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More suspect recommendations for women's health

madamab's picture

Oh crap. Yet more women's health "guidelines" from our corporate culture aimed at reducing costs.

Now, you should only get a Pap Smear every few years and not start till you’re in your 20s.

Under the headline “Negative Effects of Fewer Pap Smears Unknown,” the article reads:

Dr. Donnica Moore, president of Sapphire Women’s Health Group and an obstetrician-gynecologist by training, worried that the new guidelines might keep women who’ve had a normal Pap smear, or no symptoms, away from the doctor.

“Women may now assume — incorrectly — that if they only need a Pap smear every two or three years, then they only need to see their gynecologist every two to three years, and for many of these women, their gynecologist is their primary care physician,” said Moore. “Thus, they will not be getting a routine physical, breast exam, blood pressure measurement, and sexually-transmitted infection testing.”

Does anyone think this is a coincidence, given that the House health “insurance” reform bill covers Pap smears, but no wellness exams, which are what a woman gets when she goes to the gynecologist?

If so, I have a nice Palomino in my barn for you.

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S Brennan's picture
Submitted by S Brennan on

Obama [as President] has made it clear that reduced cost should be accomplished through reduced service. Because if you look at the "average", Americans get too much medical service. However, if you break it down by quintile, you find the upper quintile gets too much. So...Obama's answer is to reduce the services provided to the lower quintiles who already get too little.

"if only the czar knew", or wasn't hostage, or...or...or [anything here...besides he's a self-serving bought & paid for...shill]

Aeryl's picture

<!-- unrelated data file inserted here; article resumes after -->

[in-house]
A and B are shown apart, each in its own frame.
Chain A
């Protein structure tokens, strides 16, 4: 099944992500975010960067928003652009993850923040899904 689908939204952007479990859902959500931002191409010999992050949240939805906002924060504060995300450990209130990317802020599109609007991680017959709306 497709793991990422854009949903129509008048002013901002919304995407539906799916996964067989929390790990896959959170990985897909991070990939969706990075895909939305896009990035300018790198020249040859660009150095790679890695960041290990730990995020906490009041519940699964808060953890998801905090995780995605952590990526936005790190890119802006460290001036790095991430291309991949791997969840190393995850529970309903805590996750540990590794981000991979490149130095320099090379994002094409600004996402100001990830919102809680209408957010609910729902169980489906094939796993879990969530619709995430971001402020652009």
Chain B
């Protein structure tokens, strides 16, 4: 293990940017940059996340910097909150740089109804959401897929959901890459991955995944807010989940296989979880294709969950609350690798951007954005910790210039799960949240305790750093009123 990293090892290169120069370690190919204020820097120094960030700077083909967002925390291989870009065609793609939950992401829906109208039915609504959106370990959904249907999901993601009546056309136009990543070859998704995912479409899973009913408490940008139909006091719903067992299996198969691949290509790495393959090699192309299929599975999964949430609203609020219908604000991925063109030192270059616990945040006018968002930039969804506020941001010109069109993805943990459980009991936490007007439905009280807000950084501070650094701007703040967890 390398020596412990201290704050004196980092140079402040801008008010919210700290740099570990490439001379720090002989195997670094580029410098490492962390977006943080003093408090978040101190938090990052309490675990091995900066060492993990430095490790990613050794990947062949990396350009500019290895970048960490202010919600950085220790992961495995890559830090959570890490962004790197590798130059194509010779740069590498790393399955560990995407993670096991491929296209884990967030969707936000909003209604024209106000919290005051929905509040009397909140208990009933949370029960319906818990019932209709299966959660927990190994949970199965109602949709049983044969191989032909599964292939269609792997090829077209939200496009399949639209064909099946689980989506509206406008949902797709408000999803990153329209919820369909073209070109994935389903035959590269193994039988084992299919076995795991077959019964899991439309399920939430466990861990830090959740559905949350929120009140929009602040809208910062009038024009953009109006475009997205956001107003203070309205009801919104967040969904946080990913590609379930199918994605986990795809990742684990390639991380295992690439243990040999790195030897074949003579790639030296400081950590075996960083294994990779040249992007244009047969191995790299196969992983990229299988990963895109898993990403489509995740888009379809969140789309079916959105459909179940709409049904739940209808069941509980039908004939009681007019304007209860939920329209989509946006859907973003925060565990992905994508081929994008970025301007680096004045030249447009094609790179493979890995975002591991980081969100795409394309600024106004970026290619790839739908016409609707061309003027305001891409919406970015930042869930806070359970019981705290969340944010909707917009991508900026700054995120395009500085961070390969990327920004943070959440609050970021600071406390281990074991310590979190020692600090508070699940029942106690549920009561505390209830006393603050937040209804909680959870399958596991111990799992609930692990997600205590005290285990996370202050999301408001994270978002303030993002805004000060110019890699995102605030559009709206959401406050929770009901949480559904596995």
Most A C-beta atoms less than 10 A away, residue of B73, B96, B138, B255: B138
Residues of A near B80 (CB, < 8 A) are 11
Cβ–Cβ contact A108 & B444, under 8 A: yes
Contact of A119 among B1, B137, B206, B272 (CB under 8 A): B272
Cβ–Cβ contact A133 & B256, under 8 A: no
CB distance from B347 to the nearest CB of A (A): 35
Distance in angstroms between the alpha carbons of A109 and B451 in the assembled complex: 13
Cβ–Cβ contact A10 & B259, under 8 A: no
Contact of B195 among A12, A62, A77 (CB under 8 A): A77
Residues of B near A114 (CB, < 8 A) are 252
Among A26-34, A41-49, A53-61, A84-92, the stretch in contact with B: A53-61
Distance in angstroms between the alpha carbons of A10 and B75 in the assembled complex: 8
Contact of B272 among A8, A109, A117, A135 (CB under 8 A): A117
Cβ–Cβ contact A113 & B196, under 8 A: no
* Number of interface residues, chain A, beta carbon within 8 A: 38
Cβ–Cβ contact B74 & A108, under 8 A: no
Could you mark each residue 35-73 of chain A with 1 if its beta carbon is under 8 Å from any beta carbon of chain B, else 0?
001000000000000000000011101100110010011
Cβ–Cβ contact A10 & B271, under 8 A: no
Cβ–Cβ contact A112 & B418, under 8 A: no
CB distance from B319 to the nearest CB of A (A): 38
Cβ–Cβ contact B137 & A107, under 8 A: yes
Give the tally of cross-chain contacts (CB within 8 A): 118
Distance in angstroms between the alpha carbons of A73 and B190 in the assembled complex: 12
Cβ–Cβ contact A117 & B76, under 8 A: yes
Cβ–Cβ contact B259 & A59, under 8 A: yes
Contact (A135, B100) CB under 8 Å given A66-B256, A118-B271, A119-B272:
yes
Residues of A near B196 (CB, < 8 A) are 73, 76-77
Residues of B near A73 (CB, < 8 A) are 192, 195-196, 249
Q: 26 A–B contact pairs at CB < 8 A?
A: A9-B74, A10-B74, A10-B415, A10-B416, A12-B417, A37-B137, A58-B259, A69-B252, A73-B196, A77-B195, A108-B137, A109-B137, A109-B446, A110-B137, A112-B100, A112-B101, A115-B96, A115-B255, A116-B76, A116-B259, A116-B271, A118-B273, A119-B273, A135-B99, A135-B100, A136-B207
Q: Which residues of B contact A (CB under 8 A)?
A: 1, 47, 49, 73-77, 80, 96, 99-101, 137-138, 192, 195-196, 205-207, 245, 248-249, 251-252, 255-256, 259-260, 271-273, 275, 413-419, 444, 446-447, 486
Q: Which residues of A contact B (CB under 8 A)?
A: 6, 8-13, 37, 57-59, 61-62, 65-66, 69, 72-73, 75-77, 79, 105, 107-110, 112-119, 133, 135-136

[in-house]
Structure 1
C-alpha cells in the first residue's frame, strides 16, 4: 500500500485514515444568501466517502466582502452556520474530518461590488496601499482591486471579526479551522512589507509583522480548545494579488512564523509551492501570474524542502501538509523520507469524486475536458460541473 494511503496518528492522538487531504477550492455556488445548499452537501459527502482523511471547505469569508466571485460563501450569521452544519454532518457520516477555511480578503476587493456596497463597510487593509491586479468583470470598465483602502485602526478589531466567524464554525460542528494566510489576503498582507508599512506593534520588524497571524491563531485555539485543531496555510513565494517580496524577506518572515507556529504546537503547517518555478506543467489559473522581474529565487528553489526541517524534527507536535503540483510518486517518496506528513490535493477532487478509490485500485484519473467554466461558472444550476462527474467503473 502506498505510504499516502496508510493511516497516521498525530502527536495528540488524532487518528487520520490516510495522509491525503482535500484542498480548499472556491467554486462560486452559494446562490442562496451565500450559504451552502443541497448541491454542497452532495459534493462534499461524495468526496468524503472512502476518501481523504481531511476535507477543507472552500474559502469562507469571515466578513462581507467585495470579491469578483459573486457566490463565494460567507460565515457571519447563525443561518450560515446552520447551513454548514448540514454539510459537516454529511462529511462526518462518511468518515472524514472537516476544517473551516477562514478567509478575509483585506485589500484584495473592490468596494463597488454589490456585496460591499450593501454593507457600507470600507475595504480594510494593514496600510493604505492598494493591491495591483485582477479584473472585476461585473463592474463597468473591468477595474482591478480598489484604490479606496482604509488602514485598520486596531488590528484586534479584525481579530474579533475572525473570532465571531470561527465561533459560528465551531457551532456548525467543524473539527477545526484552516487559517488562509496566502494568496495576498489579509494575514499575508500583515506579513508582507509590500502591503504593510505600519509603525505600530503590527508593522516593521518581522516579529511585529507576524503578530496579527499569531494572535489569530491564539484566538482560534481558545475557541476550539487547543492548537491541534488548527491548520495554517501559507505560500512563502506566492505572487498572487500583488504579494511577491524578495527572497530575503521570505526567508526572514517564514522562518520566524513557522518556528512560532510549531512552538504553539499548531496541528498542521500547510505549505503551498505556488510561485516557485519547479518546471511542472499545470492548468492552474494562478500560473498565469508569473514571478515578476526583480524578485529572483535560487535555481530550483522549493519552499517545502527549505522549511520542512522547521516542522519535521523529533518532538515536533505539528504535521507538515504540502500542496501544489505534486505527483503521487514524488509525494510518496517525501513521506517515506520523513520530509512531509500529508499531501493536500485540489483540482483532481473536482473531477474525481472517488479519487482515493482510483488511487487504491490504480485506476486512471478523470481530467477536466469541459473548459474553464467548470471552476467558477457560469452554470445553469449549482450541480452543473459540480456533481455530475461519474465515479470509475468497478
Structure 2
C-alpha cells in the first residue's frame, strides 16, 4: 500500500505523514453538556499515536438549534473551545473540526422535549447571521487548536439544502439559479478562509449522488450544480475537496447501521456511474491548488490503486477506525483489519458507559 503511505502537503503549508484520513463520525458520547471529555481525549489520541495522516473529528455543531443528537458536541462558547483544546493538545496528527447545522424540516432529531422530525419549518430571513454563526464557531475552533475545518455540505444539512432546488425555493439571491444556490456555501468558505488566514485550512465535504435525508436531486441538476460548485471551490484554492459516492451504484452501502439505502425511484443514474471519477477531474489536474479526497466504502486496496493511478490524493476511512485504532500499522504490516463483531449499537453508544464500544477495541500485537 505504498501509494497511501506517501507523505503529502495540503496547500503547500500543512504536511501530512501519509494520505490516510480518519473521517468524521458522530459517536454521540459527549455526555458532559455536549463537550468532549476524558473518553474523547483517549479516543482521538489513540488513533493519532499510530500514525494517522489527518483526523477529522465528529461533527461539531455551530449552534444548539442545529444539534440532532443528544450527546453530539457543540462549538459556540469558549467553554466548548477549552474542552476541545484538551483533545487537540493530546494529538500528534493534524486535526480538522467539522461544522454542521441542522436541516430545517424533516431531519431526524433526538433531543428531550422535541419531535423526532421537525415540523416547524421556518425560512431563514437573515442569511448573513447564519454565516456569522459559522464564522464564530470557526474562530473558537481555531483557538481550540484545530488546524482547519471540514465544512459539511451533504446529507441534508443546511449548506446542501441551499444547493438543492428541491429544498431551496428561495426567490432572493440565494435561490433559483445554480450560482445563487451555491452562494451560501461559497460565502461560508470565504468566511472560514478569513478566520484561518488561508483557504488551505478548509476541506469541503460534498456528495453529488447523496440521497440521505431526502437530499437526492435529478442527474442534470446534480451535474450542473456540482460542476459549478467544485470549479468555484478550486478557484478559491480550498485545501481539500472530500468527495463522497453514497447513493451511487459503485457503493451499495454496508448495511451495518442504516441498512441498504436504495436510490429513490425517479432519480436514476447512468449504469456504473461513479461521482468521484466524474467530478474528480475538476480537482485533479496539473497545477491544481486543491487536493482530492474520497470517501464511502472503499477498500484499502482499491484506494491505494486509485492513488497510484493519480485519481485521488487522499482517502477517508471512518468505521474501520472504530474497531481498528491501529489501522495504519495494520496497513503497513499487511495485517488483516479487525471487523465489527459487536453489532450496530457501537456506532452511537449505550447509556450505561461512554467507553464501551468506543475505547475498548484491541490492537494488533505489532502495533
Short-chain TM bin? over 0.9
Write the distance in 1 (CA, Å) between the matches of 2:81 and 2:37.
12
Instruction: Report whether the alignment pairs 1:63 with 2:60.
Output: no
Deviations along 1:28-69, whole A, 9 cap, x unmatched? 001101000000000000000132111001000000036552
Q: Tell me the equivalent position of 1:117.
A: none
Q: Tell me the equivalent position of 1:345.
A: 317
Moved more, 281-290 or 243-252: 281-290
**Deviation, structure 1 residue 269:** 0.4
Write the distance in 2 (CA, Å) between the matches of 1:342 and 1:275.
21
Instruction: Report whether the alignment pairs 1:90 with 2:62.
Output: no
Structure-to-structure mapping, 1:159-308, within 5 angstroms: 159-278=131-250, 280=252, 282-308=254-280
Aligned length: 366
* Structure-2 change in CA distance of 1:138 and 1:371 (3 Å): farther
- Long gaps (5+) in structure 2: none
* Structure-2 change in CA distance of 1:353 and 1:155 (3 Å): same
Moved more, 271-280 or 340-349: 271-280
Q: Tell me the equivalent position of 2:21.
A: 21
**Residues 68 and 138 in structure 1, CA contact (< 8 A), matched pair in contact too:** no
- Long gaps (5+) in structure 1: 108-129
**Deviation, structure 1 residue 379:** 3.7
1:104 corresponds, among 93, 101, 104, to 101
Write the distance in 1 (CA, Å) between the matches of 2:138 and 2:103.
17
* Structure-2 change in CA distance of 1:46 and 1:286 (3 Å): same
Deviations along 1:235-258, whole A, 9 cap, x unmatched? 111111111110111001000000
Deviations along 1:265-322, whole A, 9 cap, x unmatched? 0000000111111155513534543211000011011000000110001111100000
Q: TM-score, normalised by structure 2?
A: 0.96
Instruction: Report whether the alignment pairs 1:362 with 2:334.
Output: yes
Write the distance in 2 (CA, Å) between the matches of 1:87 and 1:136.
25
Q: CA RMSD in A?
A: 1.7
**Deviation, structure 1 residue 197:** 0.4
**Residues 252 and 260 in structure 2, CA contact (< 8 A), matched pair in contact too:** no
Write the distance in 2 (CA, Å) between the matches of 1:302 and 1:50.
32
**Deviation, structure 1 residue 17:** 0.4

Submitted by Aeryl on

I'm not quite ready to call the new mammogram recomendation "suspect".

Echidne explains here that mammograms are missing the more agressive cancers, because they spread too fast. Screening is only effective if it helps reduce mortality, and research seems to suggest that mammograms aren't actually effective at that.

I think anyone who wants a mammogram should get one, and it should be paid for by insurance, regardless of the results. But I don't think the recommendation are suspect.

madamab's picture
Submitted by madamab on

if these recommendations are adopted, then insurance companies will use them as an excuse not to pay for them for people who DO need them.

The recommendations might not be suspect, but the motivation behind releasing them now is.

Submitted by hipparchia on

but iirc those making the recommendations for less screening specifically state that it doesn't apply to women with known risk factors, like a family history of breast cancer.

i haven't read the latest, but several years ago the pap smear recommendations were that if you had no known risk factors and had two or three consecutive years of completely normal tests, then you could skip to getting tested every year. can't remember what the new recommended interval was, 2 years, i think but i'm not sure.

Submitted by hipparchia on

actually, various groups have been saying this about pap smears and mammograms and psa tests too for years and years.

we really need to put more research into understanding and treating cancer, but the conservatives' anti-science and anti-regulation and just general anti-spending mindsets have decimated our research and regulatory programs.

which means that we really haven't put much into learning what is effective screening and what is effective treatment for many years now.

madamab's picture
Submitted by madamab on

and we don't know what the negative effects of following these recommendations would be either.

Everyone on this blog, I'll bet, knows a woman who was saved by BSE's and mammograms in her 40's. How can we be saying that women should forego these life-saving procedures simply on a cost basis?

Women are not consumers, and health care is not to be sold like a product.

Card-carrying_Buddhist's picture
Submitted by Card-carrying_B... on

I dunno.

Hard to trust anything anyone says, really.

Bryan's picture
Submitted by Bryan on

If you feel you need the annual tests because of risk factors, then it's a pre-existing condition and isn't covered, otherwise it is an unnecessary procedure and isn't covered. So, it isn't going to be covered when it will do any good, regardless.

splashy9's picture
Submitted by splashy9 on

That is the real issue, isn't it.